Thursday, 16 September 2010


Every dive is an adventure, and for a (former) biologist like myself, the sea is a wealth of interesting and unusual creatures, behaviors, and relationships.

While snorkeling near Tabarca Island in the med, I came across a mauve stinger jellyfish (Pelagia noctiluca) that was swimming in close association with a tiny fish.  If you watch through the movie clip (its a bit jerky, as I was both trying to keep the camera on the jellyfish and avoid getting too close) you'll see the little fish swimming around the bell of the jellyfish.

If you are having trouble seeing him (he was very quick) you can spot him in this still from the video, just to the left of the jellyfish. Throughout the whole encounter, he never strayed more than an inch or two from the bell of the jellyfish.

Notice something else about the jellyfish? Its missing its tentacles! (Compare with the picture on the wikipedia page). This starts to give a clue as to the relationship between these animals.

It took a bit of digging to find anything on these relationships, but I came across an old paper talking about similar symbiosis between young fish and an atlantic jellyfish species (Copeia, Vol. 1963, No. 1 (Mar. 30, 1963), pp. 40-80).  The paper describes how larval fish associate with jellyfish Chrysaora quinquecirrha when they are young, using the jellyfish first as protection, then as a ready food supply, nibbling pieces of their host until they are large enough to eat them entirely and live an independent life.  That paper also mentions an even earlier 1915 paper that describes how young scad seek shelter among jellyfish, using them initially for protection before consuming their gonads and tenticles as they get older.  The unwillingness of the larval fish to leave the proximity of the jellyfish and the lack of tentacles on its host suggest that what I filmed is one of these symbiotic relationships, and that it won't be much longer before this larval fish is ready to leave its host for an independent life.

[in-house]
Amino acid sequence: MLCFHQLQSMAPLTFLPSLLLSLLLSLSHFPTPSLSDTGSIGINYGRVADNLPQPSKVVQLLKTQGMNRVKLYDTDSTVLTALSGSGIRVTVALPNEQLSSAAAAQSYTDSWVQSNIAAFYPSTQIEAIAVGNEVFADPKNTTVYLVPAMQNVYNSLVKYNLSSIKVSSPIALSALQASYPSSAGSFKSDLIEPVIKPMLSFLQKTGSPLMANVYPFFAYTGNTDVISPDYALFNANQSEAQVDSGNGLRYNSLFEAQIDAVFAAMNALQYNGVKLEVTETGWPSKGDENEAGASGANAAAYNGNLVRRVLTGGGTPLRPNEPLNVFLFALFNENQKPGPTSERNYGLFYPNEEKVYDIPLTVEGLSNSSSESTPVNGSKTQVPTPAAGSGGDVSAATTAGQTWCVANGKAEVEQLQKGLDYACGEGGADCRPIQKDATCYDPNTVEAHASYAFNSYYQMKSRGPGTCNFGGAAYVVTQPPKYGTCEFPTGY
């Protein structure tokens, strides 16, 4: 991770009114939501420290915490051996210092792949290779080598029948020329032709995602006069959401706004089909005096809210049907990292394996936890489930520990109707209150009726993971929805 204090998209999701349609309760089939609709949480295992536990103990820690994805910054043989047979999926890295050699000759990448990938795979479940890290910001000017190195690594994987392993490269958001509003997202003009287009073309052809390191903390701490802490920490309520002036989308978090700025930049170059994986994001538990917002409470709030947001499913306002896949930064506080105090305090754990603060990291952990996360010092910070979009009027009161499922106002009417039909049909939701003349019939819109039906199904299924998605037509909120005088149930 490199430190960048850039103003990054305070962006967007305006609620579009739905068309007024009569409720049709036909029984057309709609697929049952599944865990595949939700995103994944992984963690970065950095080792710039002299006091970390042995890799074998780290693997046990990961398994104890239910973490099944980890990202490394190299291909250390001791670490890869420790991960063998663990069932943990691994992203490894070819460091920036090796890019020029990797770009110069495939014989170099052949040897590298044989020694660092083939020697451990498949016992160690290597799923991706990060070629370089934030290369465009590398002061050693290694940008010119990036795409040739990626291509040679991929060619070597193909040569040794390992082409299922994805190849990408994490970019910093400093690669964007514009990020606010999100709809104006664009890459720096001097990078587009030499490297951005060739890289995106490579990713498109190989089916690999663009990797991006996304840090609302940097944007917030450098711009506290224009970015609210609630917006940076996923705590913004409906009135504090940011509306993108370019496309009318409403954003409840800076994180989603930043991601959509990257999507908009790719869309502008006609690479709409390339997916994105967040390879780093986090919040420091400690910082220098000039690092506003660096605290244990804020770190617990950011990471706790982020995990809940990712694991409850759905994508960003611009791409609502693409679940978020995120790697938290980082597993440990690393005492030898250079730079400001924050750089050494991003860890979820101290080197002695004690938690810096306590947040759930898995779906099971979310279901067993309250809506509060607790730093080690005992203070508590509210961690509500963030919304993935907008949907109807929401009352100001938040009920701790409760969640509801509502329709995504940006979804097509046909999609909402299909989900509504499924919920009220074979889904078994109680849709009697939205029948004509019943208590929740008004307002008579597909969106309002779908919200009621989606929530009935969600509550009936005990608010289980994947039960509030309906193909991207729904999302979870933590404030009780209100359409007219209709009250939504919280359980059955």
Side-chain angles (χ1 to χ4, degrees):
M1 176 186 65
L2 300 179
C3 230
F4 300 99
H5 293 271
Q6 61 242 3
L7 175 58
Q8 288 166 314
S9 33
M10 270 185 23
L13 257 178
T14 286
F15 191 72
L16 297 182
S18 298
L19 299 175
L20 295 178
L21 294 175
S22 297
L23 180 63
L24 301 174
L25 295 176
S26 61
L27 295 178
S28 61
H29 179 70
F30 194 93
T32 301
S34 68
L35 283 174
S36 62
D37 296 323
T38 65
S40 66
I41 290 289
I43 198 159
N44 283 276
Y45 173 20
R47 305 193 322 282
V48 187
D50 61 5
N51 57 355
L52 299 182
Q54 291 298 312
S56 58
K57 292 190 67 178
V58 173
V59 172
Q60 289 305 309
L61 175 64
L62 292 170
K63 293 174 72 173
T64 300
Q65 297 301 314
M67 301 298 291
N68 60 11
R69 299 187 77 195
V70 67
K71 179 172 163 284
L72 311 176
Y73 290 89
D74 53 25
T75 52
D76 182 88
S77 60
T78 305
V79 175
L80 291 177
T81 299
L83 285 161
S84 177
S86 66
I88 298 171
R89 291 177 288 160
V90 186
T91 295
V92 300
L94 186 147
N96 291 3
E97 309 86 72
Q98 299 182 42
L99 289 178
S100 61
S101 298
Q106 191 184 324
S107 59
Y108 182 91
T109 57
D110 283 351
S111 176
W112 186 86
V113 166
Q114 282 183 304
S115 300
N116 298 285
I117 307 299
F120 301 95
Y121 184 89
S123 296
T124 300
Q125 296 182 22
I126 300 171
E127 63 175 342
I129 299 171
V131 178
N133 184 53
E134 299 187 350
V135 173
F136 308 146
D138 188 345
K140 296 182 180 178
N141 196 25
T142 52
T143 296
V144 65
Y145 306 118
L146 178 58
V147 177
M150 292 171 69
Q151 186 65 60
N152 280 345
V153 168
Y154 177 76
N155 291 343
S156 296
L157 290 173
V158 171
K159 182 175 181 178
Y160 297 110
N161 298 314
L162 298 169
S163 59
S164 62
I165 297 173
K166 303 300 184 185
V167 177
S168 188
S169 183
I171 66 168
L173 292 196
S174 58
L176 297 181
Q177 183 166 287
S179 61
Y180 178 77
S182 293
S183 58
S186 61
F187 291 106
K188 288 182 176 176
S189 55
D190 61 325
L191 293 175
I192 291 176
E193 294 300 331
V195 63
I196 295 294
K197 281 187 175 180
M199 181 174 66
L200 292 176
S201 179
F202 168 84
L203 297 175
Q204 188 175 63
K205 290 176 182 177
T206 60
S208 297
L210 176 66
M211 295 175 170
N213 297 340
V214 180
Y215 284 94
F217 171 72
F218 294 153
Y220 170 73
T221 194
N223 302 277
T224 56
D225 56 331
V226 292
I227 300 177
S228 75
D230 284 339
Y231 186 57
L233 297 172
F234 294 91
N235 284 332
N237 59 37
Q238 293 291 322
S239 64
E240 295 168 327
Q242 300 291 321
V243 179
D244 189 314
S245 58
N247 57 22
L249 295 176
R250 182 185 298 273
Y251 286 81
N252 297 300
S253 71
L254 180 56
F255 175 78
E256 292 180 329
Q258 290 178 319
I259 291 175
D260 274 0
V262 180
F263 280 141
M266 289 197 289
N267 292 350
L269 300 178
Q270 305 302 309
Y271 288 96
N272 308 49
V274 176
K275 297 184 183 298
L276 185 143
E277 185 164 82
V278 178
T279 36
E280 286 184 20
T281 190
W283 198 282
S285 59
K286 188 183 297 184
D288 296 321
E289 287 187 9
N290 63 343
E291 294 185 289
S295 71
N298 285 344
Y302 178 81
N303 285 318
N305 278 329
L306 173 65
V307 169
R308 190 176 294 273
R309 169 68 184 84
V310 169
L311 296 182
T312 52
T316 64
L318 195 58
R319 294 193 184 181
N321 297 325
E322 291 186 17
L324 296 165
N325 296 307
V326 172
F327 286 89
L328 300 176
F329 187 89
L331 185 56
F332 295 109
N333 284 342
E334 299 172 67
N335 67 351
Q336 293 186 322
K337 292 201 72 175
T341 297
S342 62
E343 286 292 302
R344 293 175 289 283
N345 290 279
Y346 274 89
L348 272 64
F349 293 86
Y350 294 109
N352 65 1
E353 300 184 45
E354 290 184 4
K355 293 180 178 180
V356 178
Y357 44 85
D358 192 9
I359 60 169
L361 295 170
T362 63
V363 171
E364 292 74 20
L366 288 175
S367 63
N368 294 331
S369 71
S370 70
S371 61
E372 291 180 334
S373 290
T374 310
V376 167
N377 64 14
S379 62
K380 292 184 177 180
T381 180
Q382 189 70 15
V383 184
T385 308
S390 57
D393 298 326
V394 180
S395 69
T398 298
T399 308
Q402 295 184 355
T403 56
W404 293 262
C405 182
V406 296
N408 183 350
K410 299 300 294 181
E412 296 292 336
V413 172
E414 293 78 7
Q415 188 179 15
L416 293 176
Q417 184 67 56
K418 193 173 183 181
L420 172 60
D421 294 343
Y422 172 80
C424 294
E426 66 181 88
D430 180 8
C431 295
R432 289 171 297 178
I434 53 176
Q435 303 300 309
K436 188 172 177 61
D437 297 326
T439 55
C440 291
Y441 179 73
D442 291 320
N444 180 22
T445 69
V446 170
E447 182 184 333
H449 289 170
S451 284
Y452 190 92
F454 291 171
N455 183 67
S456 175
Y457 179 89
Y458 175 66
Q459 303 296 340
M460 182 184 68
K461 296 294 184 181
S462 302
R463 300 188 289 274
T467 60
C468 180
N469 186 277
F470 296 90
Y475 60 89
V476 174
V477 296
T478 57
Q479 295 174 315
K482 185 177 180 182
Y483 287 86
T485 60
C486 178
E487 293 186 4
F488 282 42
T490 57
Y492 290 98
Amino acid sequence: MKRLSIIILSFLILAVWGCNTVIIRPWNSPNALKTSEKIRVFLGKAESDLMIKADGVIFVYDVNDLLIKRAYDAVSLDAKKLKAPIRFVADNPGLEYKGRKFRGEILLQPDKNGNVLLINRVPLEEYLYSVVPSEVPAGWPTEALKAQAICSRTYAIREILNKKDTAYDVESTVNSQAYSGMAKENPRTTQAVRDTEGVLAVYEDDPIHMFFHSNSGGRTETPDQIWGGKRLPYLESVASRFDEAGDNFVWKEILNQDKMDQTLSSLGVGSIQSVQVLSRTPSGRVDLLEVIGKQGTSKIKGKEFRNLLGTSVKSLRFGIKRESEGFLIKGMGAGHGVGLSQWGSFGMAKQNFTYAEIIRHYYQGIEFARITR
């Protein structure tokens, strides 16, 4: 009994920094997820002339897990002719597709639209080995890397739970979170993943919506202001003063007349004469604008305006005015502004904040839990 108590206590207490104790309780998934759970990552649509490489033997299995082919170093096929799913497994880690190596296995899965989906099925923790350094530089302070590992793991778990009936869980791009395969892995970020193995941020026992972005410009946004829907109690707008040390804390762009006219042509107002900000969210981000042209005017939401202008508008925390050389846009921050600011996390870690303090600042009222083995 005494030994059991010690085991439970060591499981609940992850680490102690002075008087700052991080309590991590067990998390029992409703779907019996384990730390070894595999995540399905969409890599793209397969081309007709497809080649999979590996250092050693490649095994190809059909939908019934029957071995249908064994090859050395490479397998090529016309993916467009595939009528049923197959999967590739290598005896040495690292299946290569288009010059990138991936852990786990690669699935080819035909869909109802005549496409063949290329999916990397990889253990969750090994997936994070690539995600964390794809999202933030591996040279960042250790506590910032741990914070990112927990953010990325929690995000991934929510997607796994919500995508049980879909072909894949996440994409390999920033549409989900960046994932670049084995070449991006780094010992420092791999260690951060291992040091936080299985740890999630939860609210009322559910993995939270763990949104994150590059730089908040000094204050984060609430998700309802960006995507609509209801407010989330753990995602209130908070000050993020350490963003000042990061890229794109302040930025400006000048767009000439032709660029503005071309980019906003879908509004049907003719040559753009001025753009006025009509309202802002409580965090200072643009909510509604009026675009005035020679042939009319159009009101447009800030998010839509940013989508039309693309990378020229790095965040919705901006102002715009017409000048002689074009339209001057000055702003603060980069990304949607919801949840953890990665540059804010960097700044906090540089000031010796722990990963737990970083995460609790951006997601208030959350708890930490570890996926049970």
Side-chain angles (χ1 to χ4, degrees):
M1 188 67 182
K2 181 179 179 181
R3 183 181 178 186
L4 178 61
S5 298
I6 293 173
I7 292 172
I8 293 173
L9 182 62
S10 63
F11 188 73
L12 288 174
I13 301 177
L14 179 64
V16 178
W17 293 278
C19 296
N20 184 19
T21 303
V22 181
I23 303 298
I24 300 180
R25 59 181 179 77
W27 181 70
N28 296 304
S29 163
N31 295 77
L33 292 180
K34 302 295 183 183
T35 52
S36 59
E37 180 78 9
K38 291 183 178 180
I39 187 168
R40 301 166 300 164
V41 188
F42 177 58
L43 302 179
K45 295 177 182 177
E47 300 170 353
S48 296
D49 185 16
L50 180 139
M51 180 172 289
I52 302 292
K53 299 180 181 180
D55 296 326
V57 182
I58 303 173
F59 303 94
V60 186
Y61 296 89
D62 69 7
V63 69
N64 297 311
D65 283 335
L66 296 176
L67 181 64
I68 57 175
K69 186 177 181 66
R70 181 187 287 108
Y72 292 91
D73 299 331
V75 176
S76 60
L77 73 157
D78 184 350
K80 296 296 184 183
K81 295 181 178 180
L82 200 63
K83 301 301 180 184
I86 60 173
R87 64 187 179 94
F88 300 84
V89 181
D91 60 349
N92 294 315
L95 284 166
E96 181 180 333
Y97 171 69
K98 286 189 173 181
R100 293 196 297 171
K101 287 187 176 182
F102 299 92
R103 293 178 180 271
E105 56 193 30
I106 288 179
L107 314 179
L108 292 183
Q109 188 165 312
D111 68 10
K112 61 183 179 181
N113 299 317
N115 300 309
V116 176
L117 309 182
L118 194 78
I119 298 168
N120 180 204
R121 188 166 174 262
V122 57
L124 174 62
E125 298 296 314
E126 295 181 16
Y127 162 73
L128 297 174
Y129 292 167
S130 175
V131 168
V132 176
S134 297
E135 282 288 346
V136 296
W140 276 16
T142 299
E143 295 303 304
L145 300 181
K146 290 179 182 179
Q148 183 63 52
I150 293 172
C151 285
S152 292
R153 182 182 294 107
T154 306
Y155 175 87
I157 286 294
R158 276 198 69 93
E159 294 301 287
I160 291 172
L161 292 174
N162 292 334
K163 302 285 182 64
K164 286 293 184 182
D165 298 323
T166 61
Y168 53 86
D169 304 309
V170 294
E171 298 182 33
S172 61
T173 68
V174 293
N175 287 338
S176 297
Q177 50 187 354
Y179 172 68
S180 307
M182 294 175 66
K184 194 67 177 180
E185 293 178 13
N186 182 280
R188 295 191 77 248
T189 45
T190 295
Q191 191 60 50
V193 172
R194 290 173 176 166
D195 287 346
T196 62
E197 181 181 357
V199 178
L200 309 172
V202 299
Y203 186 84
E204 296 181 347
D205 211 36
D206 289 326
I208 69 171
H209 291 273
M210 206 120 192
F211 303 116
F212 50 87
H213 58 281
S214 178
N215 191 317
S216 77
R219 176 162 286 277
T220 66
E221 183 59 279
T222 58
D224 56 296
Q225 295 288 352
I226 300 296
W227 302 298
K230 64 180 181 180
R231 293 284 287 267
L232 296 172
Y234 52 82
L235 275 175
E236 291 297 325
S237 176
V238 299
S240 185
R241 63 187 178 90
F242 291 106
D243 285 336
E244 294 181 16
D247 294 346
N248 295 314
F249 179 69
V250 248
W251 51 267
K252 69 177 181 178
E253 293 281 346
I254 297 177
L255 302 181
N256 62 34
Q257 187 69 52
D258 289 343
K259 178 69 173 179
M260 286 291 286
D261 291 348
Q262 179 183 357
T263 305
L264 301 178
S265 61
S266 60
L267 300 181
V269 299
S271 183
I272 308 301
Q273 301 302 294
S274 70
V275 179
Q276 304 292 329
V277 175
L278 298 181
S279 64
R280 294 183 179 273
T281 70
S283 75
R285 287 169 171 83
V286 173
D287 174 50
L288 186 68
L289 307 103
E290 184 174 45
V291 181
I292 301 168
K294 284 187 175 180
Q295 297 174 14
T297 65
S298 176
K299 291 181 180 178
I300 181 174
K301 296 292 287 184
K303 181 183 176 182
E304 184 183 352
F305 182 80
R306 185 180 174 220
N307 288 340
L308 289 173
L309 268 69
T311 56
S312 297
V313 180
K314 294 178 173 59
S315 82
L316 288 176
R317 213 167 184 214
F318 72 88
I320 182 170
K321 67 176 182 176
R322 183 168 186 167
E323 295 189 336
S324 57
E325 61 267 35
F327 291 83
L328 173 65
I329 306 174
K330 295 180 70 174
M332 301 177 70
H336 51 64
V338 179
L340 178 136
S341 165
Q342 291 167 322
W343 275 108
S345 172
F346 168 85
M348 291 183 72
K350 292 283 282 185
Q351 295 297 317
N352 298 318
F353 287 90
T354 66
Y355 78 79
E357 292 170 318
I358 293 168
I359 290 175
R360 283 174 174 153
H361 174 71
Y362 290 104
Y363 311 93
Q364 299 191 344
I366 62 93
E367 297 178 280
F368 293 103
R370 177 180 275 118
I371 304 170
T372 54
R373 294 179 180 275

I would be curious if anyone else has filmed this relationship between a fish and a mauve stinger... there doesn't appear to be much in the scientific literature and given the age of the papers I found, I doubt anyone in the 60's (never mind 1915) was plunking a camera into the mediterranean to chase jellyfish.  So I guess what you are seeing here is a scientific first...  in my museum of curiosities.


  1. At the time I was mostly thinking about not being stung... when I looked at the footage afterwards, I realized how close the fish was staying with the jellyfish and how it never left during the whole encounter.

  2. Very interesting. Does this mean that the fish is immune to the sting?